SCHOOL children have received a special visit from Nelson Mandela’s former prison chaplain as part of a project on equality and prejudice.
Pupils from Crookhorn College enjoyed a presentation from minister Colin Chambers, who became close to Nelson Mandela during his time imprisoned on Robben Island in South Africa.
Mr Chambers said: ‘I met Nelson Mandela when I was prison chaplain. At first I didn’t think he would accept me but he welcomed me and we built up a good relationship. I am here to pass on his message of forgiveness and reconciliation.’
The visit was particularly poignant for Year 9 student, Mary Jane, 13, who was born in South Africa and spent her early childhood there.
‘I have always looked up to Nelson Mandela. I was too young to remember him but my parents told me all about his life. One of his key messages is that everyone is equal and no one is better than anyone else. One day I would like to visit Robben Island,’ explained Mary.
William Smith, aged 12, added: ‘I am excited about meeting someone who knew Nelson Mandela and learning about how he became president and fought for equal rights.’
Pupils were selected to participate in the event after submitting postcards which outlined their views on equality and why it is important. As well as hearing from Mr Chambers they also had the opportunity to question him about his experience of apartheid and relationship with Mandela.
Event organiser and head of history, Victoria Mason, said: ‘The presentation is part of our distinguished visitor programme in which the children get the opportunity to hear from speakers they wouldn’t ordinarily have access to. The idea of today’s talk is to get students thinking about ideas of equality and the principle of standing up for what you believe in.’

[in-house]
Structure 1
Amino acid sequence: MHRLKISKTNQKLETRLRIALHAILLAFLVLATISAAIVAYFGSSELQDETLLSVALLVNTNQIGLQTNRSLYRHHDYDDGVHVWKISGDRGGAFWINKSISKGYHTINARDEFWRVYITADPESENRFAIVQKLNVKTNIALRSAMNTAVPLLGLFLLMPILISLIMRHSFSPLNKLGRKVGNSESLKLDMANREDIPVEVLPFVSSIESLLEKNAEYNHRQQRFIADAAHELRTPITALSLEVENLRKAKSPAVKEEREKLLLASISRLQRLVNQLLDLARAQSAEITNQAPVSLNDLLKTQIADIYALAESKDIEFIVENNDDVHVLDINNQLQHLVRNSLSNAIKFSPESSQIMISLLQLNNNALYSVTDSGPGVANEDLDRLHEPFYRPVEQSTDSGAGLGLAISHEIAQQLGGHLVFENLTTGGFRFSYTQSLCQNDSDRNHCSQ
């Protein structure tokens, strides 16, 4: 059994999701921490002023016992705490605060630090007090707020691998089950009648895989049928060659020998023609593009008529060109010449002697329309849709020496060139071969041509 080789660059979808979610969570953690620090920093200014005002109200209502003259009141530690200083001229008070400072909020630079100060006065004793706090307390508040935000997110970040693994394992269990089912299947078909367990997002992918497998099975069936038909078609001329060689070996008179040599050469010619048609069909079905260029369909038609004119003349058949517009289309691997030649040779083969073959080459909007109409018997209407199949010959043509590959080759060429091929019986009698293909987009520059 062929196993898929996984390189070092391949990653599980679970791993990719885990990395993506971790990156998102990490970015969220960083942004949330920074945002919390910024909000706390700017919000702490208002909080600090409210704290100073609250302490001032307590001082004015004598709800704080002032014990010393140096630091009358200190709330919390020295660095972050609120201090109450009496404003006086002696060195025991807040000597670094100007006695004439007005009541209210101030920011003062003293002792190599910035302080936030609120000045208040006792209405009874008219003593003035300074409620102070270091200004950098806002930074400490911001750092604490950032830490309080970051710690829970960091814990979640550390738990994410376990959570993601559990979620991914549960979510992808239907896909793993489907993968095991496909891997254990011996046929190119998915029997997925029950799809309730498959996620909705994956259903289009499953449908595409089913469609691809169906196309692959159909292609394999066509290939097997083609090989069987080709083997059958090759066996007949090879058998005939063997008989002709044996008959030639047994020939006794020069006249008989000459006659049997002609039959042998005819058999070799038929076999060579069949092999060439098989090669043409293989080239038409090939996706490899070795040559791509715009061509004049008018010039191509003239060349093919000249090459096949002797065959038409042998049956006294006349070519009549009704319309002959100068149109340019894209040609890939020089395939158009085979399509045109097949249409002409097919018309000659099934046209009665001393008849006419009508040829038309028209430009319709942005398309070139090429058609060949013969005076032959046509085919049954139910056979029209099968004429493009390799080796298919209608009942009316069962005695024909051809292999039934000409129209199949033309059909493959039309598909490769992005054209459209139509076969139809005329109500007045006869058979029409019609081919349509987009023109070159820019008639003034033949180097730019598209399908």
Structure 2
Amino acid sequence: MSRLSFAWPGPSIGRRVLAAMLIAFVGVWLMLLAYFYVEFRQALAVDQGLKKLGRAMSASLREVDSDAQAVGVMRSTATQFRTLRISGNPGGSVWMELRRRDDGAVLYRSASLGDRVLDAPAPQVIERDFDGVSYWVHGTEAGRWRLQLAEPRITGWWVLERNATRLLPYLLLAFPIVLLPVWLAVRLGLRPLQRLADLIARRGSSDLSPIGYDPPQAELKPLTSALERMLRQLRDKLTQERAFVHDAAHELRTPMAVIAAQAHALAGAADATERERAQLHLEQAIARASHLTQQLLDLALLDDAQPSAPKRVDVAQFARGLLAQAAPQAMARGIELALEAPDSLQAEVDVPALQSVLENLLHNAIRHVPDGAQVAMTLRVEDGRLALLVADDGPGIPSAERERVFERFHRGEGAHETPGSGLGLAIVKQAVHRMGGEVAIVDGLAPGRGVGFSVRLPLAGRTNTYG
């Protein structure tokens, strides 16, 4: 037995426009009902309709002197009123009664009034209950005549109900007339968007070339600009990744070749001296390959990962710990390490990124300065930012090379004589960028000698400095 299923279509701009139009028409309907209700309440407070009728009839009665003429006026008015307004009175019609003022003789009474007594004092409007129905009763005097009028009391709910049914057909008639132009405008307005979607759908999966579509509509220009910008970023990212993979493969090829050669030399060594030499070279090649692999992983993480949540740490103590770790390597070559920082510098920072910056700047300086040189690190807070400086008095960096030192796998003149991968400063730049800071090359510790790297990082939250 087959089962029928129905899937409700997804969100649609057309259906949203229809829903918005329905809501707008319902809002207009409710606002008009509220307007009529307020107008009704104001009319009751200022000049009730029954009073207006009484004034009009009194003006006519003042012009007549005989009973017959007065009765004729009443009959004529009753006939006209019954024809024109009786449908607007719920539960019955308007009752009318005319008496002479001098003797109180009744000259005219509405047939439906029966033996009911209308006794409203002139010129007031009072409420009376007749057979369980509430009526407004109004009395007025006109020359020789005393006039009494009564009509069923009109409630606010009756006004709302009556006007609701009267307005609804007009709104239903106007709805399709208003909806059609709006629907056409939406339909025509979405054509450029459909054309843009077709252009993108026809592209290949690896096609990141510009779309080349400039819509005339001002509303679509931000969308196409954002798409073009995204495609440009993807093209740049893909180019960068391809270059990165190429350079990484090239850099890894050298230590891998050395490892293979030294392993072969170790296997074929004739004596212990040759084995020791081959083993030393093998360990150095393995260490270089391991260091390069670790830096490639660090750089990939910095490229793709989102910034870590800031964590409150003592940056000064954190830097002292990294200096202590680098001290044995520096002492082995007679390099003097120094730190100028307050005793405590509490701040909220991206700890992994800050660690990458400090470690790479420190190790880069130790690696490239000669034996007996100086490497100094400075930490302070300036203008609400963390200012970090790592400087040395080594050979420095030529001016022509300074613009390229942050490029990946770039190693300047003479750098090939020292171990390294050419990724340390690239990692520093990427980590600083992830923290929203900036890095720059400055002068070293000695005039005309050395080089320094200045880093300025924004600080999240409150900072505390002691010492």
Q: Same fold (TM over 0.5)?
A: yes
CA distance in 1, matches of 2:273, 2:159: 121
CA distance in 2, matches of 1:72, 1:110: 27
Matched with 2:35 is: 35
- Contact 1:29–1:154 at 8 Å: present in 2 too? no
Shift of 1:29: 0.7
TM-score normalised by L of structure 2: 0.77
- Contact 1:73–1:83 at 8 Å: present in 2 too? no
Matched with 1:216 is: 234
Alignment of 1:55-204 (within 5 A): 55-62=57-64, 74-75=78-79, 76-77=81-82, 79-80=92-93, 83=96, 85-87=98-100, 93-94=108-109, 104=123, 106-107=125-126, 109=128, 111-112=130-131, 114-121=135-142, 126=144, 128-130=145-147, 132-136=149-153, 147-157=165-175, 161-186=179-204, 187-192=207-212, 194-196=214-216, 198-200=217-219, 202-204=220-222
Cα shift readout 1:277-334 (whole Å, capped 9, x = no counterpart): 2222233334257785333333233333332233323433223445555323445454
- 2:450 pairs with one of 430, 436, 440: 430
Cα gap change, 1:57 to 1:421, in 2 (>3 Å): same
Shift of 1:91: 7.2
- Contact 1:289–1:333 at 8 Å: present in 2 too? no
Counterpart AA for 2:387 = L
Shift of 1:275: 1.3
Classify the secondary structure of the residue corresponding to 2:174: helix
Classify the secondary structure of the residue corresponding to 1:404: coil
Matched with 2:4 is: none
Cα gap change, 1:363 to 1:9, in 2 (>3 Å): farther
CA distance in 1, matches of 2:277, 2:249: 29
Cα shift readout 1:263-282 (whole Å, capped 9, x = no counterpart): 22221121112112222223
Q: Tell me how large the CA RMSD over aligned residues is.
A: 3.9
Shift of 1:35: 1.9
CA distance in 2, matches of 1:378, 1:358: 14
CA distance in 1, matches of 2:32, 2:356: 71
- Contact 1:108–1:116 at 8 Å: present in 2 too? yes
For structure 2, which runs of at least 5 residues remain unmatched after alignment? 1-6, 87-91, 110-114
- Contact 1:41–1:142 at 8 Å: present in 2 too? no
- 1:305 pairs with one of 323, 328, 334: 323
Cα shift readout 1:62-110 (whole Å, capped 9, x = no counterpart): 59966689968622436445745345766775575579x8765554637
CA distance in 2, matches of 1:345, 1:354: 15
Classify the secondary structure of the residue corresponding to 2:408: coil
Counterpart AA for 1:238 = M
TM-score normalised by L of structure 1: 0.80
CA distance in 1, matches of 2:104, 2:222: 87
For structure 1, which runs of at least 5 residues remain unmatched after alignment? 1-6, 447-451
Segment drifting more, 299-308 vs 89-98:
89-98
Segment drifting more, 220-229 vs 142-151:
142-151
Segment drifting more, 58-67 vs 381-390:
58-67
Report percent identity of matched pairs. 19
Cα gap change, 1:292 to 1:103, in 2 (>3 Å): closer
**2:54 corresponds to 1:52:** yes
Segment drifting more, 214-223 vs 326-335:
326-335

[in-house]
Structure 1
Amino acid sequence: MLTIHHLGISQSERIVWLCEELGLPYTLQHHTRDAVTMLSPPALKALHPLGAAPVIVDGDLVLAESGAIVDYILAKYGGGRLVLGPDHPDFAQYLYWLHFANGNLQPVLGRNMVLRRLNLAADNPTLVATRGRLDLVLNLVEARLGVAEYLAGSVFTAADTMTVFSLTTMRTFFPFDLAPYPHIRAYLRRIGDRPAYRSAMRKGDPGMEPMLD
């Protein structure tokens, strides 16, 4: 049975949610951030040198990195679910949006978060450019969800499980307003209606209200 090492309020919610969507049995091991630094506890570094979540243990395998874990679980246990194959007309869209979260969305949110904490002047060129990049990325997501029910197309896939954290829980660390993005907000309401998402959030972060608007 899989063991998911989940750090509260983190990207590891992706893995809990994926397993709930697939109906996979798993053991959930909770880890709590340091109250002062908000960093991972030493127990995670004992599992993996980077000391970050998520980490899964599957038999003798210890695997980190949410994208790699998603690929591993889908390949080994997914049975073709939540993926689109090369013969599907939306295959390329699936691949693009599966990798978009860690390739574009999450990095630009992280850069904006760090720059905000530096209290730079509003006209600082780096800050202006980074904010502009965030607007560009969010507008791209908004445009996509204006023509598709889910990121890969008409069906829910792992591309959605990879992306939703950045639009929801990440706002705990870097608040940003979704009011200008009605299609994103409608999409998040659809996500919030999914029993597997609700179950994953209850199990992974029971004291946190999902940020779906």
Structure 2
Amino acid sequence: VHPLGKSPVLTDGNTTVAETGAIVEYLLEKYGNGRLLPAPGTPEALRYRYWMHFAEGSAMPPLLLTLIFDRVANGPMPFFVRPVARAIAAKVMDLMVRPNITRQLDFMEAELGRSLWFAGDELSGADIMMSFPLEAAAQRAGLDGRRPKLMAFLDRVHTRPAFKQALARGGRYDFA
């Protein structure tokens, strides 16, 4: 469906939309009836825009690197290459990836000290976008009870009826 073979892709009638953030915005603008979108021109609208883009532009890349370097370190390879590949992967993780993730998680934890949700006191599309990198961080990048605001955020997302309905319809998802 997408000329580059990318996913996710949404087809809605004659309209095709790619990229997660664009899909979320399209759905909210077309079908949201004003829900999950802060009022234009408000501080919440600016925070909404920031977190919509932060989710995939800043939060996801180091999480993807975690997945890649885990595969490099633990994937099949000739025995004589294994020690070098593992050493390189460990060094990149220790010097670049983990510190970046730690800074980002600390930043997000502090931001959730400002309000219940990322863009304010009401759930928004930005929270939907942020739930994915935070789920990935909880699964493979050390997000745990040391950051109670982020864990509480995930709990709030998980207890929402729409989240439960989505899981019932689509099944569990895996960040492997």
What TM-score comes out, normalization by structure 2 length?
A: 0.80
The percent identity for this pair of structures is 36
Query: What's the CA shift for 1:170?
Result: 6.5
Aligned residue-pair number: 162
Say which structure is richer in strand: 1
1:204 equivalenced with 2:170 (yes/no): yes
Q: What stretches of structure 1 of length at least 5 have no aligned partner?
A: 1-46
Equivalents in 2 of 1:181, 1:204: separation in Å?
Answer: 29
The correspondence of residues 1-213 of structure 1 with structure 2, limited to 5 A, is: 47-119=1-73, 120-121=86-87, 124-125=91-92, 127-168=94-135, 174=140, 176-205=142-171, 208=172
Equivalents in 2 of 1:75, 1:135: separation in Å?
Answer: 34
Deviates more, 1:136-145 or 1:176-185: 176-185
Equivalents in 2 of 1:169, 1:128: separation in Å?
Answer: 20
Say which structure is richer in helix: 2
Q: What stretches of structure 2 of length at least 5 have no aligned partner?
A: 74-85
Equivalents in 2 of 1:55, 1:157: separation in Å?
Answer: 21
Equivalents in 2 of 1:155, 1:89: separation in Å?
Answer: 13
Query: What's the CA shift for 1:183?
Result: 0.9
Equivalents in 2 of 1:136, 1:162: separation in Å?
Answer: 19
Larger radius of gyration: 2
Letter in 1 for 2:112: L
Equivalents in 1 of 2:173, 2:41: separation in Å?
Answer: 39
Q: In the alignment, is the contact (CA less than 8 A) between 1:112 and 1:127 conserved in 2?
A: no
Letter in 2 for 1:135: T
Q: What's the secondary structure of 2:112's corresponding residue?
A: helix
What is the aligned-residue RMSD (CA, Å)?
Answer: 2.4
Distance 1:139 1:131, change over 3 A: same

Ms Mason believes that the principles of equality and rejection of prejudice are cross curricula themes present throughout the curriculum and within the school’s own ethos.
Year 9 student, Ruby Stjohn, 13, said: ‘In history we have been learning about Nelson Mandela’s life and we have also covered some of his key philosophies in religious education.’
‘I have been studying about slavery and the underlying principle that everyone is equal,’ said Kai O’Connor, 13.
Mr Chambers added: ‘One of Nelson’s key messages was ‘it always seems impossible until it is done’. Hopefully the children can take this message and apply it to their own lives.’